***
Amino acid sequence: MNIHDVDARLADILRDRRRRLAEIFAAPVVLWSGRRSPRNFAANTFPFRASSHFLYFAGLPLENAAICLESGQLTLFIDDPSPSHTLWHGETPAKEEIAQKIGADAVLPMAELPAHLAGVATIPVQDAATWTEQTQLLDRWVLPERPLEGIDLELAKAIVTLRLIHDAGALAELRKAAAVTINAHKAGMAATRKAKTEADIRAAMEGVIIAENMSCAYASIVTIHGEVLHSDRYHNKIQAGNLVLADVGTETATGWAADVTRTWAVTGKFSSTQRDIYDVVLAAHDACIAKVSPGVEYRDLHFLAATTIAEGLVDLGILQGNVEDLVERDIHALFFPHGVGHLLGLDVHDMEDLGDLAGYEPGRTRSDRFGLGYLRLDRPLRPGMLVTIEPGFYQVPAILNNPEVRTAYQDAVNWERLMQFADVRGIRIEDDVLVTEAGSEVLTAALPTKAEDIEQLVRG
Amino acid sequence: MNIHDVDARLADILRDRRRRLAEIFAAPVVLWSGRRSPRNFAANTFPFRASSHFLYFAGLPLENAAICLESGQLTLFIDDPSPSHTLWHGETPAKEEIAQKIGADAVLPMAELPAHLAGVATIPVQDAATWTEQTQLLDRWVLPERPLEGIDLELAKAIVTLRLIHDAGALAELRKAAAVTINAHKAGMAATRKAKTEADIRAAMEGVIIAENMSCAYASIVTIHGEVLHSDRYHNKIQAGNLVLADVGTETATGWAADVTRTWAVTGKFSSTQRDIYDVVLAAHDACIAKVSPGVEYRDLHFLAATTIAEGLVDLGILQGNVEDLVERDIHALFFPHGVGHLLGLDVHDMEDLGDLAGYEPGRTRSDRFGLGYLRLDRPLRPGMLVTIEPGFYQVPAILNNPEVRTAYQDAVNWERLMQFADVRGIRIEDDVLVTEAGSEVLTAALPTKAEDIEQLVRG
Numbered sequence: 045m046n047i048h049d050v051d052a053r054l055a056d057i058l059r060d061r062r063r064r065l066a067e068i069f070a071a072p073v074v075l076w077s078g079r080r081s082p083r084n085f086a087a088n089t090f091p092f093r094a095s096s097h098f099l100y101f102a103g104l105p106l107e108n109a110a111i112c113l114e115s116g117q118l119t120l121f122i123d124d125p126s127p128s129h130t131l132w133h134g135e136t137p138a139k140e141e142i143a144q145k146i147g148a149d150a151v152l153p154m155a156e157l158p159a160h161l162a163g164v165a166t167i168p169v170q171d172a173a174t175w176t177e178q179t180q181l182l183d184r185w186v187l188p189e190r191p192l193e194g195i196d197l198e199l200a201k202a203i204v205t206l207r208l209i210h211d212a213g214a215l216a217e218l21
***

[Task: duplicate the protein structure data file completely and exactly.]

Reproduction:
Amino acid sequence: MNIHDVDARLADILRDRRRRLAEIFAAPVVLWSGRRSPRNFAANTFPFRASSHFLYFAGLPLENAAICLESGQLTLFIDDPSPSHTLWHGETPAKEEIAQKIGADAVLPMAELPAHLAGVATIPVQDAATWTEQTQLLDRWVLPERPLEGIDLELAKAIVTLRLIHDAGALAELRKAAAVTINAHKAGMAATRKAKTEADIRAAMEGVIIAENMSCAYASIVTIHGEVLHSDRYHNKIQAGNLVLADVGTETATGWAADVTRTWAVTGKFSSTQRDIYDVVLAAHDACIAKVSPGVEYRDLHFLAATTIAEGLVDLGILQGNVEDLVERDIHALFFPHGVGHLLGLDVHDMEDLGDLAGYEPGRTRSDRFGLGYLRLDRPLRPGMLVTIEPGFYQVPAILNNPEVRTAYQDAVNWERLMQFADVRGIRIEDDVLVTEAGSEVLTAALPTKAEDIEQLVRG
Amino acid sequence: MNIHDVDARLADILRDRRRRLAEIFAAPVVLWSGRRSPRNFAANTFPFRASSHFLYFAGLPLENAAICLESGQLTLFIDDPSPSHTLWHGETPAKEEIAQKIGADAVLPMAELPAHLAGVATIPVQDAATWTEQTQLLDRWVLPERPLEGIDLELAKAIVTLRLIHDAGALAELRKAAAVTINAHKAGMAATRKAKTEADIRAAMEGVIIAENMSCAYASIVTIHGEVLHSDRYHNKIQAGNLVLADVGTETATGWAADVTRTWAVTGKFSSTQRDIYDVVLAAHDACIAKVSPGVEYRDLHFLAATTIAEGLVDLGILQGNVEDLVERDIHALFFPHGVGHLLGLDVHDMEDLGDLAGYEPGRTRSDRFGLGYLRLDRPLRPGMLVTIEPGFYQVPAILNNPEVRTAYQDAVNWERLMQFADVRGIRIEDDVLVTEAGSEVLTAALPTKAEDIEQLVRG
Numbered sequence: 045m046n047i048h049d050v051d052a053r054l055a056d057i058l059r060d061r062r063r064r065l066a067e068i069f070a071a072p073v074v075l076w077s078g079r080r081s082p083r084n085f086a087a088n089t090f091p092f093r094a095s096s097h098f099l100y101f102a103g104l105p106l107e108n109a110a111i112c113l114e115s116g117q118l119t120l121f122i123d124d125p126s127p128s129h130t131l132w133h134g135e136t137p138a139k140e141e142i143a144q145k146i147g148a149d150a151v152l153p154m155a156e157l158p159a160h161l162a163g164v165a166t167i168p169v170q171d172a173a174t175w176t177e178q179t180q181l182l183d184r185w186v187l188p189e190r191p192l193e194g195i196d197l198e199l200a201k202a203i204v205t206l207r208l209i210h211d212a213g214a215l216a217e218l21